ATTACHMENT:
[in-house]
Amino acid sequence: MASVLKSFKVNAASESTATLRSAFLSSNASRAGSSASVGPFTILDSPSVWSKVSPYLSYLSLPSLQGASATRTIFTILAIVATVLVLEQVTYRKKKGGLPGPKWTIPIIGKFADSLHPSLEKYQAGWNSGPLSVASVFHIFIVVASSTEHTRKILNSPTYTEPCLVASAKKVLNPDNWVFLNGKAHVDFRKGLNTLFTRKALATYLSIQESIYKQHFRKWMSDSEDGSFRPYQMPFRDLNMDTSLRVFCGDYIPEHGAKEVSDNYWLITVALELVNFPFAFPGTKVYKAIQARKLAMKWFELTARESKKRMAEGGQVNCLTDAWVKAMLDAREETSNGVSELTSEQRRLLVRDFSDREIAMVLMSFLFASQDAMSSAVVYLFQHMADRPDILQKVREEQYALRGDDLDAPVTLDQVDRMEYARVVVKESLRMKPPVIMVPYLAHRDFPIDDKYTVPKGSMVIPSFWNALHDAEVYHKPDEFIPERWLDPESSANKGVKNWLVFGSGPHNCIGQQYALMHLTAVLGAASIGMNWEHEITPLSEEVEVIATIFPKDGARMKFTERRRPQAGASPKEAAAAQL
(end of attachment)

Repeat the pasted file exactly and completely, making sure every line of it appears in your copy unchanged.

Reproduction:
[in-house]
Amino acid sequence: MASVLKSFKVNAASESTATLRSAFLSSNASRAGSSASVGPFTILDSPSVWSKVSPYLSYLSLPSLQGASATRTIFTILAIVATVLVLEQVTYRKKKGGLPGPKWTIPIIGKFADSLHPSLEKYQAGWNSGPLSVASVFHIFIVVASSTEHTRKILNSPTYTEPCLVASAKKVLNPDNWVFLNGKAHVDFRKGLNTLFTRKALATYLSIQESIYKQHFRKWMSDSEDGSFRPYQMPFRDLNMDTSLRVFCGDYIPEHGAKEVSDNYWLITVALELVNFPFAFPGTKVYKAIQARKLAMKWFELTARESKKRMAEGGQVNCLTDAWVKAMLDAREETSNGVSELTSEQRRLLVRDFSDREIAMVLMSFLFASQDAMSSAVVYLFQHMADRPDILQKVREEQYALRGDDLDAPVTLDQVDRMEYARVVVKESLRMKPPVIMVPYLAHRDFPIDDKYTVPKGSMVIPSFWNALHDAEVYHKPDEFIPERWLDPESSANKGVKNWLVFGSGPHNCIGQQYALMHLTAVLGAASIGMNWEHEITPLSEEVEVIATIFPKDGARMKFTERRRPQAGASPKEAAAAQL